Classification of non-coding variants with high pathogenic impact

Lambert Moyon, Camille Berthelot, Alexandra Louis, Nga Thi Thuy Nguyen, Hugues Roest Crollius

Preprint posted on May 03, 2021

Article now published in PLOS Genetics at

A novel machine learning method for prioritizing candidate pathogenic non-coding variants from short read genome sequencing

Selected by Jeffrey Calhoun

Background to the preprint:

One of the current challenges plaguing the field of clinical genetics is how to interpret genetic variants outside of the protein-coding portion of the genome. Previously, the non-coding genome was generally inaccessible, as the cost of short read genome sequencing was a significant barrier. Now, the reduced cost of sequencing has made this feasible, though the infrastructure for data storage and analysis is still mostly limited to gene panels and exome sequencing. For many genetic disorders, it is hypothesized that non-coding genetic variants likely contribute to disease susceptibility, but our relative inability to decode the non-coding genome is a hurdle which currently limits the utility of short read genome sequencing. The goal of this preprint is to use machine learning to develop a new bioinformatic pipeline for prioritization of non-coding disease causing or disease susceptibility related variants from short read genome sequencing.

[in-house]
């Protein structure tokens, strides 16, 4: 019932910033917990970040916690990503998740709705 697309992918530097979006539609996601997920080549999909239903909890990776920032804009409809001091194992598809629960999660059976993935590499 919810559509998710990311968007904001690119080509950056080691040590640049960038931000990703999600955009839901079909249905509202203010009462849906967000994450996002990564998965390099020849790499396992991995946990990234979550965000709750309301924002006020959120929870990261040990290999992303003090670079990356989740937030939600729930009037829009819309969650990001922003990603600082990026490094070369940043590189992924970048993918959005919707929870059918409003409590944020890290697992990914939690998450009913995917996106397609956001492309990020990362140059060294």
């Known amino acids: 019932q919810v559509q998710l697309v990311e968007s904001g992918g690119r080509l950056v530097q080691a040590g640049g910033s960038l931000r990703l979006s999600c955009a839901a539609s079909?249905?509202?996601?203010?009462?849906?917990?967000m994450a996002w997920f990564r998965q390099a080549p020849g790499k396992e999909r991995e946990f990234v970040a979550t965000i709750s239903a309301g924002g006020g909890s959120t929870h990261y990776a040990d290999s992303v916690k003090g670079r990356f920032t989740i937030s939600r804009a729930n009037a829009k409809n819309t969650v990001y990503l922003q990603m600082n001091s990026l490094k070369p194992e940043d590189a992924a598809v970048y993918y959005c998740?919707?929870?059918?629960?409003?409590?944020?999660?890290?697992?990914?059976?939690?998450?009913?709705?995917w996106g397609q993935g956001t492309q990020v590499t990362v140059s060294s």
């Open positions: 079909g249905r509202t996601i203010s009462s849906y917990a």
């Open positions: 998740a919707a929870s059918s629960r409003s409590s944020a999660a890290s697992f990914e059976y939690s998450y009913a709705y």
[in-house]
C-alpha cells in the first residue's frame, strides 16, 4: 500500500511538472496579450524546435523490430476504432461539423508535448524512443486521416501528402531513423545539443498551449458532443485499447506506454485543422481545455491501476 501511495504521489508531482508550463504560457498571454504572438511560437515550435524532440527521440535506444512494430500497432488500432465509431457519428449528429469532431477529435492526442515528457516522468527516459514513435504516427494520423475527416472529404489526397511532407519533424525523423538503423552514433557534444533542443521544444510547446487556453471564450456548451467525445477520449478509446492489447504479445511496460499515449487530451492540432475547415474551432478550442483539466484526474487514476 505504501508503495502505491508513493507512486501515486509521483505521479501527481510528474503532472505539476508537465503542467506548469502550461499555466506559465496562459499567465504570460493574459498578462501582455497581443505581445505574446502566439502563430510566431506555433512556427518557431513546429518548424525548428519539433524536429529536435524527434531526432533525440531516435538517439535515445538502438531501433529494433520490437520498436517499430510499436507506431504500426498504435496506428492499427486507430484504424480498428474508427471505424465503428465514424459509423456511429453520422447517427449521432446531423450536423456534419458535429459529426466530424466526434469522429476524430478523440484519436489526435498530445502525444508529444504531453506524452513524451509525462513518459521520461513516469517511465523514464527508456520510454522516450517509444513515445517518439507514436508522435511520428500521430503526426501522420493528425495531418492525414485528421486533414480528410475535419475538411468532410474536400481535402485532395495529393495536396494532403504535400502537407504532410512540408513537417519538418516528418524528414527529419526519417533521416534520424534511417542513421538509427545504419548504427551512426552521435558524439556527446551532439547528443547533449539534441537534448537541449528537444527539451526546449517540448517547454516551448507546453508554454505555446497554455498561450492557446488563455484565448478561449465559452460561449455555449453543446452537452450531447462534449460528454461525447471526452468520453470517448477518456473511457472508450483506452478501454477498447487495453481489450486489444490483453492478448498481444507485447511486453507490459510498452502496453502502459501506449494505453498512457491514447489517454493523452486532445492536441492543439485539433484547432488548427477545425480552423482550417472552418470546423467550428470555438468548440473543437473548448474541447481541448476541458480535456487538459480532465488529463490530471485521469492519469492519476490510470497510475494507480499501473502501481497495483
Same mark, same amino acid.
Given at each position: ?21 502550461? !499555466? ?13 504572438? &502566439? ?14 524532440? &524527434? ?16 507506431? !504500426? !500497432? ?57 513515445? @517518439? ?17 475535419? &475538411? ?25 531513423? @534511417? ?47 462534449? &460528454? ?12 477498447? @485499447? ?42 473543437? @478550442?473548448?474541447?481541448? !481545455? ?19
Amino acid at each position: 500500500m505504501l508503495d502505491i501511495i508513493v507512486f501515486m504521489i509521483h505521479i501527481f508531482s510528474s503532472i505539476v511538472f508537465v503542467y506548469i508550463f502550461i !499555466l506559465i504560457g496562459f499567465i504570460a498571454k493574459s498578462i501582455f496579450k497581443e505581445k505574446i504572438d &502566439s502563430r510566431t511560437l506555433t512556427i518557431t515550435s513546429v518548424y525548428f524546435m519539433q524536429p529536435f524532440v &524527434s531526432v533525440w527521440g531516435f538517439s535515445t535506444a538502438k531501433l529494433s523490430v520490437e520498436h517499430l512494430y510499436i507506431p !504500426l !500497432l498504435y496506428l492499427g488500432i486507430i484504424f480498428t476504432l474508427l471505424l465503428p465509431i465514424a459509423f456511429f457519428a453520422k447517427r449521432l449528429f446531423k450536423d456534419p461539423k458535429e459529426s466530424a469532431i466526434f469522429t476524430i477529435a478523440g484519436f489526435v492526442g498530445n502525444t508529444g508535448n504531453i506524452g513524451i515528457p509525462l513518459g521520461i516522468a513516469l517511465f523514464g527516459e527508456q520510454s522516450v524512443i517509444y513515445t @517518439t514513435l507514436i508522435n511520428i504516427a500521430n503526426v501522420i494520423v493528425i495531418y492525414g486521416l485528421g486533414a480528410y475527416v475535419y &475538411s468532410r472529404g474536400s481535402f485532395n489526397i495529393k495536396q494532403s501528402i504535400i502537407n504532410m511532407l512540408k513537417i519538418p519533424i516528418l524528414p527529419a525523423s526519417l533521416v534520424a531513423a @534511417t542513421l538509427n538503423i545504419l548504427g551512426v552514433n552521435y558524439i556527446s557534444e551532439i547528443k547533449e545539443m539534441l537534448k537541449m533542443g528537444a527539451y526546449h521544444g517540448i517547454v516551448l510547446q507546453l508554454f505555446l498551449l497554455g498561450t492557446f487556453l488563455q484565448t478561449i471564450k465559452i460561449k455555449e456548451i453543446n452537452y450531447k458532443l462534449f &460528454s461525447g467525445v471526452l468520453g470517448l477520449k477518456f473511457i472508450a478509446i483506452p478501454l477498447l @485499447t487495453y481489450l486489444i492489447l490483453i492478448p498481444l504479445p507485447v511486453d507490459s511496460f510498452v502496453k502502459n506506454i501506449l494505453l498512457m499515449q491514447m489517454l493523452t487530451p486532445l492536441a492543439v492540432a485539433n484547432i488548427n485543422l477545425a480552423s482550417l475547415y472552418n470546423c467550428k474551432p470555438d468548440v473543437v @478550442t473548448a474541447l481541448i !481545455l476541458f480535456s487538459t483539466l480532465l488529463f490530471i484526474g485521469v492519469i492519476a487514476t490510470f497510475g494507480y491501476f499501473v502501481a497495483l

Key findings of the preprint: